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Turacos are a group of birds native to sub-Saharan Africa and Madagascar. These colorful avian creatures have become increasingly popular in recent years due to their vibrant plumage and distinct behavior. This article provides an overview of the various species of turaco, including descriptions of their physical characteristics, behaviors, habitats, and conservation status.

The Turaco family contains four genera: Musophagidae (musophagids), Tauraco (tauracos), Corythaeola (corythaolas) and Perrinus (perrins). The most common genus is Musophagidae which includes 23 different species ranging in size from 8 inches to 28 inches long.

The tauracos contain 9 species while the corythaolas consist of 5 species; all of them inhabit tropical forests or woodlands across Sub-Saharan Africa as well as Madagascar. Many members of this family possess striking colors such as reds, blues, greens, yellows and oranges on their wings and tail feathers which give them remarkable beauty when seen up close in nature.

Behaviorally speaking, many turacos are active during daylight hours foraging for food among trees or branches but can also be found roosting at night in hollowed out tree trunks or caves where they remain safe from predators like owls or falcons.

They typically form large flocks composed mostly of females who feed together daily until sundown when they will return to their respective roost sites. Social bonds between individuals within these flocks are strong with males being particularly protective over female companions throughout breeding season especially against intruders attempting to steal eggs or chicks away from nests hidden among dense foliage high above ground level.



Turacos are a family of birds native to Africa, scientifically known as Musophagidae. A defining characteristic of turacos is their unique coloring pattern which includes areas of green, yellow, red and blue feathers. The members of this bird family can vary in size from the small Go-away Bird to the large Great Blue Turaco. They often have crest feathers on the head which gives them an even more distinguishable look.

The diet of turacos consists mainly of fruits, leaves, buds and flowers supplemented by some insects and spiders. Their preferred habitat is typically forested or woodland areas with trees that provide both food source and protection from predators. Though they usually nest in tree cavities, they may also construct nests on branches if there are no suitable tree hollows available.

Their behavior varies depending on the species; some spend most of their time in pairs or groups while others prefer being solitary feeders during daylight hours before coming together at night for roosting purposes. Despite their distinct appearance and habits, they remain relatively unknown due to their limited range throughout various parts of sub-Saharan Africa.

Physical Characteristics

Turacos are medium-sized, brightly colored birds. They have a distinctive shape with a long tail and short wings. Their bills are also quite large for their size.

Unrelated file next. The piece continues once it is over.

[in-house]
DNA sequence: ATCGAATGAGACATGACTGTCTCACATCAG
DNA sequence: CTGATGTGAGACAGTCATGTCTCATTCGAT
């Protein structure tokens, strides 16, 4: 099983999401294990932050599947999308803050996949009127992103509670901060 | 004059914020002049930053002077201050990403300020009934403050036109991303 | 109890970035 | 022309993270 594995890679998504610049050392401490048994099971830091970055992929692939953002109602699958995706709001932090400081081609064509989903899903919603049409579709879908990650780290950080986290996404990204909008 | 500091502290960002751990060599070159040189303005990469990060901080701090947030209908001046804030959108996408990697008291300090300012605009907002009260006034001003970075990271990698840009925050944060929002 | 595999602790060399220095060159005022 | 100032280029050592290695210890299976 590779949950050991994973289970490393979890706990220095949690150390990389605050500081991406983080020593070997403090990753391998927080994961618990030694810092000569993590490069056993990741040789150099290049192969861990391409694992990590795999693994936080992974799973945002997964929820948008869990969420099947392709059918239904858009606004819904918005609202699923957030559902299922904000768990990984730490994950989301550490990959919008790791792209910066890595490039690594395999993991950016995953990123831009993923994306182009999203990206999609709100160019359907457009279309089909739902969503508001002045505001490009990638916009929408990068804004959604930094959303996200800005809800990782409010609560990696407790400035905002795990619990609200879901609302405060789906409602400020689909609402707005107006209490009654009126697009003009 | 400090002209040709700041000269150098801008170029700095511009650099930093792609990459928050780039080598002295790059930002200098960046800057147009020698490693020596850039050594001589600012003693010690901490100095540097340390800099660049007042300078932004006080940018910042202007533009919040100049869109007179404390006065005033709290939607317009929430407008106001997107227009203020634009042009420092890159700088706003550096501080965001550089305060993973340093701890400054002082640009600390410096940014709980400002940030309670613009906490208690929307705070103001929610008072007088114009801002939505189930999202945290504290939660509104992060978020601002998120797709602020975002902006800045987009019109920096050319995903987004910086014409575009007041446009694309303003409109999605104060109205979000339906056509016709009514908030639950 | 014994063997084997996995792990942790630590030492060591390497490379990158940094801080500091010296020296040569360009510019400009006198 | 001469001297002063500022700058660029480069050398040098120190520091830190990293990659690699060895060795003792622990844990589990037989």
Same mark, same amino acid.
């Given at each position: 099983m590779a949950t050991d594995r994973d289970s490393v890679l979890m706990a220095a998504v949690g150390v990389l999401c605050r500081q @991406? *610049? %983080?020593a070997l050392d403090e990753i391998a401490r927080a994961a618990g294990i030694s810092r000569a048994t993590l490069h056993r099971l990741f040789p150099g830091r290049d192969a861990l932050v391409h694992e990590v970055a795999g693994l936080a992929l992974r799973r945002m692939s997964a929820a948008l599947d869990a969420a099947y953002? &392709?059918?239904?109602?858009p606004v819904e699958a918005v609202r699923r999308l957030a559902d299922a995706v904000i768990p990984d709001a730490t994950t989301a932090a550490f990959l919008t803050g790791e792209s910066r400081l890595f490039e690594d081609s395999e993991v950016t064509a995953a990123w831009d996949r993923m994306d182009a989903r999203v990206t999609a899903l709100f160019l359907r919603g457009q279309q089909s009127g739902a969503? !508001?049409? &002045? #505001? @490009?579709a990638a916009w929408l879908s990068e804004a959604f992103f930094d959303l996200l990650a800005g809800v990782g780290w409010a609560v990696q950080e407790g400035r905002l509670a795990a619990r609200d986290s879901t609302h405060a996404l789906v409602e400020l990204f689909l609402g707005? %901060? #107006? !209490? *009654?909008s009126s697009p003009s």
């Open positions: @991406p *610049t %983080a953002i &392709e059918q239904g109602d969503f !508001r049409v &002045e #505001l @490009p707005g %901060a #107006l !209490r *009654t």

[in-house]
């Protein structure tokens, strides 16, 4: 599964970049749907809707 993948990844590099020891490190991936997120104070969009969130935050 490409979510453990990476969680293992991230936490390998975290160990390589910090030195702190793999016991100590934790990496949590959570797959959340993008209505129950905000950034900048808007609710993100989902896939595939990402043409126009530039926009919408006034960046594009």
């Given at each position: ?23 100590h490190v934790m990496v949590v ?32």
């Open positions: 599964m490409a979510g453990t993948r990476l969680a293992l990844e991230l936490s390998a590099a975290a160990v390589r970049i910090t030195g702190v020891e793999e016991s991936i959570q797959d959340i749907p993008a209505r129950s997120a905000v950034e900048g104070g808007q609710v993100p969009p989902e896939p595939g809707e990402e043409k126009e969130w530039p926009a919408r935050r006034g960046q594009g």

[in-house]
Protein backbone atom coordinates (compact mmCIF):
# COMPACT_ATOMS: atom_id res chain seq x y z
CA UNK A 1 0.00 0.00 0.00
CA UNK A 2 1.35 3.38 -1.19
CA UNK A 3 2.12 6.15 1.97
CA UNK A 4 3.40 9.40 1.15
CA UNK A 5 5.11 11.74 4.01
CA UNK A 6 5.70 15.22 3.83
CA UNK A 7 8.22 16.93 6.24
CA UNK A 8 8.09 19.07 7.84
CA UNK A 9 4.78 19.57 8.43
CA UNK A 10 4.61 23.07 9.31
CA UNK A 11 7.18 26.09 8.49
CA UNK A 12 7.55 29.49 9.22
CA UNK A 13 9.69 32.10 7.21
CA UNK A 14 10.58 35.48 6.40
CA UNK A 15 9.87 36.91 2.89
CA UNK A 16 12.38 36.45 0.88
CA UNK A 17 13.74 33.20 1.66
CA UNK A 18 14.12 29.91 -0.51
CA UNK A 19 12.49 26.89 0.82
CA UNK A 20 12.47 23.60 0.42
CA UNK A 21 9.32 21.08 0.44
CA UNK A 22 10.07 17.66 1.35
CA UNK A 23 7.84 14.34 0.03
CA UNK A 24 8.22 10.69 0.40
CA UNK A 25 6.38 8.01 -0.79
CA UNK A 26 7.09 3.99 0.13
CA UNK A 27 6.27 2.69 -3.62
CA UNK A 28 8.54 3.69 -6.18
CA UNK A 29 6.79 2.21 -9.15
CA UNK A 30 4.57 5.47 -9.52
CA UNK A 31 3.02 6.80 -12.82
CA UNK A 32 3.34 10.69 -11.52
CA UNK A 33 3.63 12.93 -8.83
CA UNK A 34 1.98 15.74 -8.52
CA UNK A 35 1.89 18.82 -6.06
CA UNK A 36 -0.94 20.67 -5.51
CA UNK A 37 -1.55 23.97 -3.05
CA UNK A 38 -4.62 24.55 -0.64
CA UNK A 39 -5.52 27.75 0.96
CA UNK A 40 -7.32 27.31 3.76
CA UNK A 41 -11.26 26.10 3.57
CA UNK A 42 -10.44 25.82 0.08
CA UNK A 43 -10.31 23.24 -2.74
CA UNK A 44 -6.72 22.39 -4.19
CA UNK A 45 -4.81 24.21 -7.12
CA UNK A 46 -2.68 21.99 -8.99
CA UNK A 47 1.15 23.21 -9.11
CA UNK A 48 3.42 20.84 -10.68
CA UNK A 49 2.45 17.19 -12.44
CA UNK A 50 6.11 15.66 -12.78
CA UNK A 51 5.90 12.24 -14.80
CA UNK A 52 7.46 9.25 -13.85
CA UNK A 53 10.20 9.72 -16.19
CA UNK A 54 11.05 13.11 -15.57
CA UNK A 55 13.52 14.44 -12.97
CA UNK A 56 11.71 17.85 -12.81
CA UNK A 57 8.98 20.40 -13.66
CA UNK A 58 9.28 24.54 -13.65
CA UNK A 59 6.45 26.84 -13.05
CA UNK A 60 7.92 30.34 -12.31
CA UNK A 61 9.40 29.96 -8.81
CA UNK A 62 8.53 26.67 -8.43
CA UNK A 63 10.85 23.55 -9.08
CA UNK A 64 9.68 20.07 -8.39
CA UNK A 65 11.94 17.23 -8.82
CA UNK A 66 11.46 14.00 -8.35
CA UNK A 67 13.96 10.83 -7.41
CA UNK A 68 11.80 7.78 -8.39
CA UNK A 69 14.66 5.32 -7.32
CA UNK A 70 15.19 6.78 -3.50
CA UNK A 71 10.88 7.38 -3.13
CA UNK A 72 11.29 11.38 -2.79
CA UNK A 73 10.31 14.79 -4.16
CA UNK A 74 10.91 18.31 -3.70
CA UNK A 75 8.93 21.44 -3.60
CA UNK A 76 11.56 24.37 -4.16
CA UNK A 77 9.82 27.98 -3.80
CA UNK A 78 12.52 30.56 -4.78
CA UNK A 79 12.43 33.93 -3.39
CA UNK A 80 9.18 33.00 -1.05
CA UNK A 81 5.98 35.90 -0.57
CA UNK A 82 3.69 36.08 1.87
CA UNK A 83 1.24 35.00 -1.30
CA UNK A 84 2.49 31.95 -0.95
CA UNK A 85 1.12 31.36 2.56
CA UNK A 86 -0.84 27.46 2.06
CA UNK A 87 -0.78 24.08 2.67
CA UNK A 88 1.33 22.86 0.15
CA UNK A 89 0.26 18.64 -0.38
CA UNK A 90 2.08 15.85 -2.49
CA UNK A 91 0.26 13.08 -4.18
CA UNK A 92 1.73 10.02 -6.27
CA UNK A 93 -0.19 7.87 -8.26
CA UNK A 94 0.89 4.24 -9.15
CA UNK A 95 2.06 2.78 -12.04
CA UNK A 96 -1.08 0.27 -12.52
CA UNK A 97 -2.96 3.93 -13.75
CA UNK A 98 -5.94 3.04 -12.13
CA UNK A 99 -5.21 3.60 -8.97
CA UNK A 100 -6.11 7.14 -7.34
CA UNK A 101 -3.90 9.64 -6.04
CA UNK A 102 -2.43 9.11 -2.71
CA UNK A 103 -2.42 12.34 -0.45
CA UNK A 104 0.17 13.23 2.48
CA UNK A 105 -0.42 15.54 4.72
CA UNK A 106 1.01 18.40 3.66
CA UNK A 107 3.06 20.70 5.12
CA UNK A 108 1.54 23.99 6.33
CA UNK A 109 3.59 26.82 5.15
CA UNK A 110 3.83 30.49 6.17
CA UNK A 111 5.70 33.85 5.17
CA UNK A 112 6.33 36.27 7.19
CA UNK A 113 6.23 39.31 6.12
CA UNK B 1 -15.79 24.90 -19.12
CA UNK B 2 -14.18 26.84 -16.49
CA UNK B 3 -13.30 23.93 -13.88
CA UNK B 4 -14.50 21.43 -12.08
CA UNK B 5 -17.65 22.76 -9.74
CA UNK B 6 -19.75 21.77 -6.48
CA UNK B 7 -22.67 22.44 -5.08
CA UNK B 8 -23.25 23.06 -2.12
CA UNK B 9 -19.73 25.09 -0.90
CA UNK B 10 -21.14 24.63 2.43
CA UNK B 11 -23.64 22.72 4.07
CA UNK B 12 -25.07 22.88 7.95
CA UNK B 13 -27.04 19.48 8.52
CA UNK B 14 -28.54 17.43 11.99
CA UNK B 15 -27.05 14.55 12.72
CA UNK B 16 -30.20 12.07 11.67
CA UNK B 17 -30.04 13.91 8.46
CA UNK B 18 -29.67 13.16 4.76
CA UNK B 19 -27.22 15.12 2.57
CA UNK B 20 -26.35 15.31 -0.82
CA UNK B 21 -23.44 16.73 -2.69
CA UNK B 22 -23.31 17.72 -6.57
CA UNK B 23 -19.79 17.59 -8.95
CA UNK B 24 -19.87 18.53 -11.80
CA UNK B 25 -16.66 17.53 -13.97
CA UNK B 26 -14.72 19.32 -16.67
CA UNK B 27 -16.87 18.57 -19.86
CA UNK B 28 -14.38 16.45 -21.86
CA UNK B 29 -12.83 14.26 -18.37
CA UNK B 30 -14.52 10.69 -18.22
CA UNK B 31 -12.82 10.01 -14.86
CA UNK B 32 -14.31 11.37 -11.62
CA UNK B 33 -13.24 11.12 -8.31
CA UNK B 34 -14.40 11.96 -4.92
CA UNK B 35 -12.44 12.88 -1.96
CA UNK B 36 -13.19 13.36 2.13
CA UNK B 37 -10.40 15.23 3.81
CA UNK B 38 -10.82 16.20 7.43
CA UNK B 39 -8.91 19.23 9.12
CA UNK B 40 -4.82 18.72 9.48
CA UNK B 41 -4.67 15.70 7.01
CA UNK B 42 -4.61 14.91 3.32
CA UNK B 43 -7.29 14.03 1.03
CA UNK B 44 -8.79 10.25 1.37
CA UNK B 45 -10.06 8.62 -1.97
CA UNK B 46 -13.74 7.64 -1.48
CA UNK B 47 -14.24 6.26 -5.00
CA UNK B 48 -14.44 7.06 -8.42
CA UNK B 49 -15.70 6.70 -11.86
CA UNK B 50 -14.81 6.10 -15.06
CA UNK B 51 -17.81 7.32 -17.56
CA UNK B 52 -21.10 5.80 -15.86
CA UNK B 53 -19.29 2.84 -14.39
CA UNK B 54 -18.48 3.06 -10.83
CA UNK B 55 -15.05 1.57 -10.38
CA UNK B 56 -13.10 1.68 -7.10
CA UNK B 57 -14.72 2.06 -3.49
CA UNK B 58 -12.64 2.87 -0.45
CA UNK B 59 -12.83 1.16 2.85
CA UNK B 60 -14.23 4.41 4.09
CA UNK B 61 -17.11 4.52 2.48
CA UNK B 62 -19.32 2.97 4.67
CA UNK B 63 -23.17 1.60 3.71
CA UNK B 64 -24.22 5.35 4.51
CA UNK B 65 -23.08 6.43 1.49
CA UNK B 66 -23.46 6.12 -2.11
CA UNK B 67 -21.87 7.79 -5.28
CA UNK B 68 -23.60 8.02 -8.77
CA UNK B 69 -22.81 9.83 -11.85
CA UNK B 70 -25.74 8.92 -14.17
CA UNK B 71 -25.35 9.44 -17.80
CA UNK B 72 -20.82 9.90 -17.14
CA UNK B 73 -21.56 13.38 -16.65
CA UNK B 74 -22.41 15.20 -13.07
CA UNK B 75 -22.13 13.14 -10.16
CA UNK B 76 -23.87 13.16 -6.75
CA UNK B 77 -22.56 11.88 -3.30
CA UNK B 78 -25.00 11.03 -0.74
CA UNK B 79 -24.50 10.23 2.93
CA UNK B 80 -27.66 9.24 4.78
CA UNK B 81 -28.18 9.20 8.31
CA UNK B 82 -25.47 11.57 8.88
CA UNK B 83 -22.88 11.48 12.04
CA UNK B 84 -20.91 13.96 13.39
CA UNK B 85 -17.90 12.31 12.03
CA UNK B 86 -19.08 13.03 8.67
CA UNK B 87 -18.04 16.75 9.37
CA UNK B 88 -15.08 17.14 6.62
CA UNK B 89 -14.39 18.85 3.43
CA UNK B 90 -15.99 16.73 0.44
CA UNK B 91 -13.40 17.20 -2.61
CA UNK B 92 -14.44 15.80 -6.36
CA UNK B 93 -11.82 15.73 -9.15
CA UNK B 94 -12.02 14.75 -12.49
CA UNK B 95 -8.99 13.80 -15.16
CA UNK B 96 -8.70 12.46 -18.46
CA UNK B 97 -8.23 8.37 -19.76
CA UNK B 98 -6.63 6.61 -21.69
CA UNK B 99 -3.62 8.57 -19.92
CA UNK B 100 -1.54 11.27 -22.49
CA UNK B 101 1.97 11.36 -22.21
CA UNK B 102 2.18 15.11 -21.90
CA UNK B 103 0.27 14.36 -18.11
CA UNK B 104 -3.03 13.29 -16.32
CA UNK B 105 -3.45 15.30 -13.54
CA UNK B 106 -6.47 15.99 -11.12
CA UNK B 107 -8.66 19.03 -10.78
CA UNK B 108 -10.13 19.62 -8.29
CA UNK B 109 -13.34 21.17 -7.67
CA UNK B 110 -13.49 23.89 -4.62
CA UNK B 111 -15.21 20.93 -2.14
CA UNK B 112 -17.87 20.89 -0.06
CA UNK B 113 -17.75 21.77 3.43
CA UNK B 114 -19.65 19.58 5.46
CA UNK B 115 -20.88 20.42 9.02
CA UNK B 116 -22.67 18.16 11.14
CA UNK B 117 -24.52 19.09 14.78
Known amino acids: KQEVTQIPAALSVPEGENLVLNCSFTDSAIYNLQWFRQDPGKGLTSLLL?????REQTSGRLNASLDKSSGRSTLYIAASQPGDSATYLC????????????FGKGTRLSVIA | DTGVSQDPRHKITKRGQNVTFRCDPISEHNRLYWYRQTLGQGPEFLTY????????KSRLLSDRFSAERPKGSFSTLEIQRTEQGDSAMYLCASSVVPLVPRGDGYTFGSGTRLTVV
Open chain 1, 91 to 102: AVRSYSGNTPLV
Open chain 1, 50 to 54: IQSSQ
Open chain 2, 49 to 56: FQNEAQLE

The plumage of turacos is particularly eye-catching, with bright colors that range from blue to red in some species. The head may be patterned or solid in color, as well as the chest and back feathers.

Physical characteristics of turacos include:

  1. Bill size – These birds have larger bills than other bird species of similar size.
  2. Wing shape – Turacos possess short wings which give them greater maneuverability during flight compared to other avian species.
  3. Tail length – Long tails provide balance and stability while flying, along with aiding them when they need to escape predators quickly by providing strong propulsion through the air.
  4. Crest size – Most turaco species feature an impressive crest on top of their heads which can reach up to eight inches in length depending upon the specific type of bird being observed.

Overall, turacos display many unique physical features that make them easily identifiable among different types of birds found throughout the world today. From their colorful plumage to their large crests and bill sizes, these birds stand out amongst others due to their distinctiveness and beauty alike . They can also be identified by their unique vocalizations, which include a variety of loud, raspy calls.

Natural Habitat

Turaco are found in a wide variety of habitats throughout tropical Africa, ranging from dense woodlands and swamps to dry savannas. They inhabit lowland rainforests as well as mountainous regions at higher elevations. Turacos can often be seen perching on the branches of trees or hopping along the ground foraging for food. In areas with human activity, turacos may also use roadsides and gardens for feeding opportunities.

The majority of turaco species prefer forested habitats including wetlands, mangroves and swamp forests. Some species such as Tauraco porphyreolophus have adapted to living near humans and will feed in gardens, parks and even suburban streets. Turacos require large trees with thick foliage to provide cover while they sleep during the day or when it rains heavily.

Many turaco species are now endangered due to habitat destruction caused by deforestation and other activities that reduce their natural range. As a result, conservation efforts must focus on preserving existing natural habitats so that these beautiful creatures can thrive.

Diet And Feeding Habits

Turacos are predominantly fruit-eating birds, although they also consume insects, seeds and foliage. During the breeding season, turacos will supplement their diet with carrion. Turacos can be divided into two distinct groups based on dietary composition: frugivorous (fruit-eating) species and granivorous (seed-eating) species.

Frugivorous species mainly feed on fruits from trees or shrubs, but may also consume small amounts of leaves and flowers as well as some other items such as nectar and even sap. They usually forage in treetops or in low branches of dense vegetation where there is an abundant supply of ripe fruit.

The most important foods for these frugivorous species are figs and berries; however, other fruits such as bananas, mangoes and papayas can also form part of their diets. Insects are often consumed when ripe fruit is scarce or unavailable during certain times of year.

The granivorous species tend to concentrate more heavily on grains, particularly oats and millet which they glean from grassland areas near rivers. In addition to this grain source they may feed upon various types of seed including those found in wildflowers, weeds and vegetables growing nearby.